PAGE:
Recently, after much deliberations India moved a step closer to implementing the Goods and Services Tax (GST), the Chief Economist Advisor (CEA) Arvind Subramanian led panel recommended a standard GST rate of 18% putting to rest the debates about what the rate would be. But yet, the battle for implementing GST, the tax which will replace a plethora of indirect taxes, including Service Tax and VAT, and improve the ease of doing business in India is far from over. The government will first have to clear the logjam in Rajya Sabha where the opposition has asked to incorporate certain modifications in the Bill which include capping the rate in the Constitution Amendment Bill itself among others. Failure to resolve these demands lead to the government scrapping the idea of introducing GST in the winter session of the parliament and this will further delay the timeline of introducing GST from April 1st, 2016.
|GST Rates as per CEA panel|
|Revenue Neutral Rate||15-15.5%|
|Lower Rate (for essential goods)||12%|
|De-merit Rate (for luxury goods)||40%|
Whether from the next fiscal year or any month in the coming year, whether the government’s version or the opposition’s, GST is going to be implemented for sure and will drastically impact how business is done in India. With the aim of simplifying the indirect tax structure in India by encompassing all the indirect taxes, GST is going to create a unified India in terms of taxation and thus will improve the ease of doing business ranking of India, something that the present government has been extensively focusing on since it took the realms.
Despite all these factors, GST comes with its fair share of complications and it is against this backdrop it becomes prudent to do a detailed study of GST’s impact across various sectors. So let’s see how GST is going to impact some major sectors:
Currently the Service Tax on majority of the services stands at 14.5% after the inclusion of the 0.5% Swach Bharat Cess. With the proposed GST rate, it is expected to increase to about 18%, thus making many services expensive, be it telephone bills, restaurant orders or ticket bookings. This would also mean that the Service Sector will have claim to credit as currently service providers are denied the claim of credit on VAT or Sales Tax, thus rendering it possible for the customers to avail this tax credit and saving their costs. Further, there will be no distinction between manufacture, services and trading for utilization of credits.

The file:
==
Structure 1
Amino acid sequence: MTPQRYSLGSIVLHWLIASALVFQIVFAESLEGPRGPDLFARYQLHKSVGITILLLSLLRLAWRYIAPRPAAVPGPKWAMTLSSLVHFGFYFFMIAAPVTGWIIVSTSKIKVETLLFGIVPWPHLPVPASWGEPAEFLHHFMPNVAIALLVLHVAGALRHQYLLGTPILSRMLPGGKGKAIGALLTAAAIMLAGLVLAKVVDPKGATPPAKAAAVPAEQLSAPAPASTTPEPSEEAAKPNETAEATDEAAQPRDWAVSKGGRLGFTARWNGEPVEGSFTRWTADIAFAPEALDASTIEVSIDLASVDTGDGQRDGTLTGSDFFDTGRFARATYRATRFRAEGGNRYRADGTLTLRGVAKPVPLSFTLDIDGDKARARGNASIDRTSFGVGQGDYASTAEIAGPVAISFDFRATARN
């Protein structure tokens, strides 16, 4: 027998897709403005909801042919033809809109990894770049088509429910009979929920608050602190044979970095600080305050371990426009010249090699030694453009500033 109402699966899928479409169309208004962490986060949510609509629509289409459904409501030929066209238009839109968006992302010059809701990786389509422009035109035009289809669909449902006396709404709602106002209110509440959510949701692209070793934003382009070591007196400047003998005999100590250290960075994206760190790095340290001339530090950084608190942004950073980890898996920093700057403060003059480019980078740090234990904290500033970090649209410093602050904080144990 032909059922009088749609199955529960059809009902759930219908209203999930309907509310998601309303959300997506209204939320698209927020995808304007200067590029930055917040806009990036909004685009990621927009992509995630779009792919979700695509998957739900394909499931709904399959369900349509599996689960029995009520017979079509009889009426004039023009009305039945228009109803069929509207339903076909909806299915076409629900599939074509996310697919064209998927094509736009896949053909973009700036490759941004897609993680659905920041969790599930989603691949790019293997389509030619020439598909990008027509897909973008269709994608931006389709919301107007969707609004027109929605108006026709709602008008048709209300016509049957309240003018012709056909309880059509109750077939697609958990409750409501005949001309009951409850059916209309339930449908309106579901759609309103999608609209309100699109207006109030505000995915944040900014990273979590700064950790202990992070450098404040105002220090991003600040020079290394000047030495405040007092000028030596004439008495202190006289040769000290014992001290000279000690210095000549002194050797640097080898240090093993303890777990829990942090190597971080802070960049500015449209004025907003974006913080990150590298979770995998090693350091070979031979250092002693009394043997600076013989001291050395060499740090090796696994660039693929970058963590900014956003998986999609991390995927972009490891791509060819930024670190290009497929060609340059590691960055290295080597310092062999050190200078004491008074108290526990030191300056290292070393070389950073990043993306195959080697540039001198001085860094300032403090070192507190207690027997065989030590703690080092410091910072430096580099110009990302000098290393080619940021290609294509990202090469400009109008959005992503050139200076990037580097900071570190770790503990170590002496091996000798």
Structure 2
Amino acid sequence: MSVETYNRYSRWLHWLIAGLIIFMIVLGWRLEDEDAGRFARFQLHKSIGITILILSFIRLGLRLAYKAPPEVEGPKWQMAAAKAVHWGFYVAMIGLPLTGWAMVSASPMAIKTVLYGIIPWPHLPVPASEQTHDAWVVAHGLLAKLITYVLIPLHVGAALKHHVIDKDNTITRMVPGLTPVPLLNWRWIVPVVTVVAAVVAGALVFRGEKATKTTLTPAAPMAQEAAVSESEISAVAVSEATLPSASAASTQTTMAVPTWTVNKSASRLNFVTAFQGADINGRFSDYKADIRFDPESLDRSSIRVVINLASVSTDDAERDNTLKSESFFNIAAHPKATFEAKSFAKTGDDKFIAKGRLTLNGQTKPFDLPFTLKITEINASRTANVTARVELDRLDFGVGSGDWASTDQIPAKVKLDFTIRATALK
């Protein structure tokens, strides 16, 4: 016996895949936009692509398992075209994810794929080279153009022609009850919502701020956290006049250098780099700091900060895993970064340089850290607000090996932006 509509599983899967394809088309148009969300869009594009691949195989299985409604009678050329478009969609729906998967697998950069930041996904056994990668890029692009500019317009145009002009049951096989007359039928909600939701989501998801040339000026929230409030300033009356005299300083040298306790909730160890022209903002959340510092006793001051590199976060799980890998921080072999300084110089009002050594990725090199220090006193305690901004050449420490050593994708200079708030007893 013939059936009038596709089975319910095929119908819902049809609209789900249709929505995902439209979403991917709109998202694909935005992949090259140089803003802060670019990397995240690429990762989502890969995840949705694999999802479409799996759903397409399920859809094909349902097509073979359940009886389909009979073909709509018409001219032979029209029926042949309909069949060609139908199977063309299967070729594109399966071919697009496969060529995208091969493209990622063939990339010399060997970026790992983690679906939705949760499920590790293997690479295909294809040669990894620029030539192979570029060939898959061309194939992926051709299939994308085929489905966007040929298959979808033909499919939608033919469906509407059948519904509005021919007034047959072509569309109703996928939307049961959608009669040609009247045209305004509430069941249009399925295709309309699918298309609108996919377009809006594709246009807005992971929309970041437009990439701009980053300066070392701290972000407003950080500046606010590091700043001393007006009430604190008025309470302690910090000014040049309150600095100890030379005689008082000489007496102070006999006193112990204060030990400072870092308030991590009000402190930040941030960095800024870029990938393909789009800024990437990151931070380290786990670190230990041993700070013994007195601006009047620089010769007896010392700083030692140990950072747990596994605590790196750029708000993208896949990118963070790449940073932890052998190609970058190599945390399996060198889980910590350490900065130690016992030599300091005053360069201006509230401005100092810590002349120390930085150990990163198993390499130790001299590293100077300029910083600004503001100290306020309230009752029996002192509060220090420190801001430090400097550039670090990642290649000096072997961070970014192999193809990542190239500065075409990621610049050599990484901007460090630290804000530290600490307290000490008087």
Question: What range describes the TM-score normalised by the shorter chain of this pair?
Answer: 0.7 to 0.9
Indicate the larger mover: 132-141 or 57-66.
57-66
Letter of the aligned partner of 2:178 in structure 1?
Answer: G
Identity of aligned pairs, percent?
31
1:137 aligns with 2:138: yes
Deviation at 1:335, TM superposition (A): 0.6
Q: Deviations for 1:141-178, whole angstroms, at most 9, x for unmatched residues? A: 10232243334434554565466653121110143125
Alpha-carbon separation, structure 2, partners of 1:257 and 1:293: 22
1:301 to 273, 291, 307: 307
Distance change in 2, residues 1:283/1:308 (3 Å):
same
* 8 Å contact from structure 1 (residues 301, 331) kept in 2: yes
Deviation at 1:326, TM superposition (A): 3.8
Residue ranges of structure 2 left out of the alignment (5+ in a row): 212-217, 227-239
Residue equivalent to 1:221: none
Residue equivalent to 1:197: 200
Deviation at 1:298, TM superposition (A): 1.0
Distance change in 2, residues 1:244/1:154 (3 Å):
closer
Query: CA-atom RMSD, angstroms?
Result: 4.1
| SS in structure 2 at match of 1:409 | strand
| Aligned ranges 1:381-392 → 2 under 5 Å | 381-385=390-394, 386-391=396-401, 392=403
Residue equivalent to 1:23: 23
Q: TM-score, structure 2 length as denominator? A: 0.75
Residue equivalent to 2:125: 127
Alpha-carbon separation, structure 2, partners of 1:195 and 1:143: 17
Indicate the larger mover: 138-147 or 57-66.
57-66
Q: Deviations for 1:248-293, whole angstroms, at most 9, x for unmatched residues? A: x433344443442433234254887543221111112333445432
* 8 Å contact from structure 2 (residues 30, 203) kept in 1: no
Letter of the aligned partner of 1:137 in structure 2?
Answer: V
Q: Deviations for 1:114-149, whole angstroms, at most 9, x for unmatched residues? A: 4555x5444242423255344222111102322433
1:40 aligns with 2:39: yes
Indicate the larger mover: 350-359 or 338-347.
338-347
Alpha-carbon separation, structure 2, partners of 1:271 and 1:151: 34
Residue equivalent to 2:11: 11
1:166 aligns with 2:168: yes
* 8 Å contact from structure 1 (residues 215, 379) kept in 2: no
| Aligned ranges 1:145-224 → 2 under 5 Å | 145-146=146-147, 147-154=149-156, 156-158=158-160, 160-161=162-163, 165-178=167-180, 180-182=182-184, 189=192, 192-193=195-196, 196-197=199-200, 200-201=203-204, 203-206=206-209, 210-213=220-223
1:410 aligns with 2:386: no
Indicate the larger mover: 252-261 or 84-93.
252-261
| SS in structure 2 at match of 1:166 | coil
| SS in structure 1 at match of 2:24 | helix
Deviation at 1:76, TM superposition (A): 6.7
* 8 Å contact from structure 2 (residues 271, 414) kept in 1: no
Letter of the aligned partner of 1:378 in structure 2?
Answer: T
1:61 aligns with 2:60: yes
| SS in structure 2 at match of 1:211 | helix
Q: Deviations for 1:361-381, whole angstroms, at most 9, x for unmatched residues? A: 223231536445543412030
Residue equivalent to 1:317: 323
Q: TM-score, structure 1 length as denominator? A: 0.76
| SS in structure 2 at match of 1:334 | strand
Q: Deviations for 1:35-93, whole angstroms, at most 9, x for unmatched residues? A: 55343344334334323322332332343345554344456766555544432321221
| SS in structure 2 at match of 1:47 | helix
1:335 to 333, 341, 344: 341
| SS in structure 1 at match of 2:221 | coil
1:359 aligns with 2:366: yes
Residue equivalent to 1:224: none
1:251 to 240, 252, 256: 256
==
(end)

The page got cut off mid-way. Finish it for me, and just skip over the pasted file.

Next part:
GST is going to be a game changer for the pharmaceutical industry from the supply chain perspective leading to the fact that the central sales tax (CST) will be subsumed within GST. Thus the inter-state stock transfer and sales will be indistinguishable from the tax point of view and transactions in this space will become tax neutral. This means that the C&F (Carry and Forward) distribution model currently employed by Pharma companies can be replaced with better and efficient supply chains which will save the costs that were being paid to C&F agents and this can be passed on to end consumers.
A negative is that currently several medicines are taxed at 5% and this could increase to 12% which is the proposed GST rate by CEA for essential goods, thus increasing the tax burden on the end consumer. Also currently area-based exemptions are being provided to pharma companies for setting up plants in Himachal Pradesh, Jharkhand and other locations and these benefits are likely to be scrapped under government’s exemption plans leading to increased production costs and higher burden on end consumers. Thus, the pros of supply chain efficiency have to be weighed against the cons of increased tax burden to determine whether GST is a boon or bane for the Pharmaceutical sector.
The major benefit is that the CENVAT credit that is currently denied to Telcos on expenses relating to towers or infrastructure is likely to be available to the companies with GST being a seamless tax regime. The debate around classification of activities conducted by Telcos, i.e. supply of goods such as sim cards or provision of service such as making the network available will come to rest now that a unified standard rate for Goods and Services is fixed.